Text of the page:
How to Kill a Cockroach & Limerick for Loxolophus


Jay Artemis Hull

Written and recited by Jay Artemis Hull

  1. Ready your preferred weapon. Shoe, newspaper, take your pick.
  2. Fix your target in your sights. Calculate all the ways those little legs could run.
  3. Realize its 500-million-times great grandparents looked the same.
  4. Catch yourself wrapped in history. Catch the bug in a cup instead.
  5. Avoid flinching. Remind yourself this skittering is the same sound its ancestors made.
  6. Let it go outside. For added emotion: envision the giant dragonflies it used to exist with.
  7. Wonder how many descendants there will be in another 320 million years.
  8. Will these future babies look the same? Will your children make the same choice?

Written and recited by Jay Artemis Hull

There once was a mammal that changed course
and it took the Cenozoic by force.
It looked like the raccoon
that would be here quite soon
but ‘twas really the dad of a horse.
Guest art by Katrin Emery (Website: Instagram: @kemery.jpg Twitter: @KatrinEmery)

These poems were originally part of a collection Hull wrote for the Michigan State University Museum’s Hall of Evolution. The collection aimed to highlight creatures in the murals by John W. Hope that form the backdrop of the exhibit and to celebrate the fusion of art and science. You can see the exhibit and paintings that inspired the poems in this 360 tour. You can also find most of the poetry collection on the museum’s fossil poetry activity page.

The science behind the poem

Jay’s first poem features the humble cockroach, a type of insect that is commonly found where people live and is often considered a “pest.” However, most cockroach species do not interact with people and are vital parts of their respective ecosystems. Cockroaches help break down decaying organic material and act as a food source for many larger animals. Cockroaches belong to a group of insects known as Dictyoptera, which also includes termites and mantises. This group appeared around 350 to 300 Million Years ago, during the Carboniferous period. Those ancient dictyopterans looked very similar to modern cockroaches, though there is debate on the exact classification of these insects, with recent studies suggesting that their cockroach like appearance is only superficial and that the “Carboniferous Cockroaches” were a different group of dictyopterans altogether. Regardless, they were close relatives and calling them “500-million-times great grandparents” is pretty spot-on. Jay also mentions “giant dragonflies” in their poem. During this time, dragonfly like insects known as meganeurids flew through the skies with wingspans nearly one metre wide!

In Jay’s second poem, they talk about an extinct mammal known as Loxolophus. Loxolophus lived during the earliest portions of the Palaeocene (66 to 56 million years ago) and superficially resembled something like a modern raccoon or coati. However, Loxolophus has historically been considered a “hoofed” animal of some sort. Jay references this by calling Loxolophus the “dad of a horse”, suggesting its close possible relationship to horses and their hooved relatives. Historically, Loxolophus has often been suggested to be part of a group of early hooved animals known as Condylarthra. More recent studies suggest the condylarths are a group of animals that look like each other but aren’t very close relatives at all. This would make Condylarthra a “wastebasket” group, which is a nickname that scientists give to taxonomic groups of organisms that do not “fit” very well into other groups in a classification and are often lumped together based on a few (often superficially) similar traits that they share. Modern analyses continue to have difficulty to classifying mammals such as Loxolophus, suggesting that it may be an early relative of carnivorous mammals like dogs and cats, a relative of odd toed hooved animals like horses and rhinos, or a relative of even toed hooved animals such as cows and sheep. Therefore, saying that Loxolophus is related to a horse may be proven correct someday in the future as more fossils are found that help scientists determine what the different “condylarths” are related to.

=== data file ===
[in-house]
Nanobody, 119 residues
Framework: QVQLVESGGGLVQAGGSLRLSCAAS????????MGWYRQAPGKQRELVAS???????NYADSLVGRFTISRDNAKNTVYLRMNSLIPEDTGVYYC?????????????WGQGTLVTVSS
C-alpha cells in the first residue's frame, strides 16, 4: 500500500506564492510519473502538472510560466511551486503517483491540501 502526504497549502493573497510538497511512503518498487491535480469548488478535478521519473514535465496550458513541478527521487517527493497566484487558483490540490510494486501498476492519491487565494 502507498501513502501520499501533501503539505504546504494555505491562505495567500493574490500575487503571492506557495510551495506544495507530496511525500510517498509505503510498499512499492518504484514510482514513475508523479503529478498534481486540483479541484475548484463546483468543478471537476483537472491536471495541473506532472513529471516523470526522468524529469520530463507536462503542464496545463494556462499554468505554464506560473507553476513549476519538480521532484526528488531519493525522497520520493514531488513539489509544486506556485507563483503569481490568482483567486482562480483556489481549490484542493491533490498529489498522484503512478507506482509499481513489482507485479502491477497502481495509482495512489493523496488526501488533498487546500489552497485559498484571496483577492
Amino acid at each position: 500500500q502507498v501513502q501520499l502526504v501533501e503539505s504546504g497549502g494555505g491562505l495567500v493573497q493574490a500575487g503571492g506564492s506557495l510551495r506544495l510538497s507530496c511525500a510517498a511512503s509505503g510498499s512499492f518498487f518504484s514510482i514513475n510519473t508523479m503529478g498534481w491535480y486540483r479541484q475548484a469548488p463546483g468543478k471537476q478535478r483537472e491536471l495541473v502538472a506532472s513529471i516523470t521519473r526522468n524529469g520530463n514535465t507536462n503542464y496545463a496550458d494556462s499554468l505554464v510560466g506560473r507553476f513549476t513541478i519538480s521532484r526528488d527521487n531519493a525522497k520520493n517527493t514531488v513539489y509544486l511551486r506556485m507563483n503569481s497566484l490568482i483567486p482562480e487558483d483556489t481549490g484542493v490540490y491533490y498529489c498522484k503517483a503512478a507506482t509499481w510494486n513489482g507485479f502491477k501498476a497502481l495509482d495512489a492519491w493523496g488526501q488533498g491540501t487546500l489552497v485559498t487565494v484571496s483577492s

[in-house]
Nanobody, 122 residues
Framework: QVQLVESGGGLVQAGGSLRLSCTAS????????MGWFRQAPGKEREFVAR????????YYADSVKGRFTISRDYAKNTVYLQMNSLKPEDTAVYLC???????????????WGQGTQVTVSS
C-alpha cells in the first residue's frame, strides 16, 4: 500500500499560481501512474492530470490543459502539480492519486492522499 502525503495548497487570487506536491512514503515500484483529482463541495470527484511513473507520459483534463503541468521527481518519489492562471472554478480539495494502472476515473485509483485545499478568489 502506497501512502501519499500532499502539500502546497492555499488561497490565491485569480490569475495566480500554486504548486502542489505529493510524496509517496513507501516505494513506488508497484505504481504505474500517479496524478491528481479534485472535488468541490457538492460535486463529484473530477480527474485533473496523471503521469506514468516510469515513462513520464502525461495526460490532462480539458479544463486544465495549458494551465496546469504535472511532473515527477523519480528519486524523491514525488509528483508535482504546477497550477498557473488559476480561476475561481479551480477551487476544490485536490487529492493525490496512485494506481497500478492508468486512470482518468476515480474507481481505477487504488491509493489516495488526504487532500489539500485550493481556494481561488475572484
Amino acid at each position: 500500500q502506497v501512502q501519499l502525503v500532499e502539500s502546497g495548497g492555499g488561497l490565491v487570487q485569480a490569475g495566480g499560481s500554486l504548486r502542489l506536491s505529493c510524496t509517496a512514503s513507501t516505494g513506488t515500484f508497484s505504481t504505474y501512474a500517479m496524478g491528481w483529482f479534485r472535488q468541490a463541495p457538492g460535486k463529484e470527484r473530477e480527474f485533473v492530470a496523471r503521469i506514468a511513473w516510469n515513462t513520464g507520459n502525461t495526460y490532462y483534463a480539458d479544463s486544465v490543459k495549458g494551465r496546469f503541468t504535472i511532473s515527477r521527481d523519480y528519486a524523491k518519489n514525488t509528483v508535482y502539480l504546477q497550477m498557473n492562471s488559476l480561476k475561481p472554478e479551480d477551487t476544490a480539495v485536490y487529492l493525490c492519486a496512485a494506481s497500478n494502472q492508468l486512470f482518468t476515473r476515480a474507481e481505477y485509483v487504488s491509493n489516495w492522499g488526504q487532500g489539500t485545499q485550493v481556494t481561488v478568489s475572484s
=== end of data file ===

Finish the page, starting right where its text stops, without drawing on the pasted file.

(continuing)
Jay Artemis Hull

Jay Artemis Hull
Photo credit: Kevin Nguyen

Jay Artemis Hull is a nonbinary poet with an affinity for rocks, birds, and tabletop role playing games. Their work has found home in a handful of literary journals as well as engraved in the sidewalk and arranged to accompany the Michigan State University Museum’s Hall of Evolution. They have hosted poetry events including a drop-in poetry station at the museum’s National Fossil Day and Darwin Day events, workshops at the South Lansing Library, and performances as a guest feature in other venues around Lansing. You can find more about them and their poetry at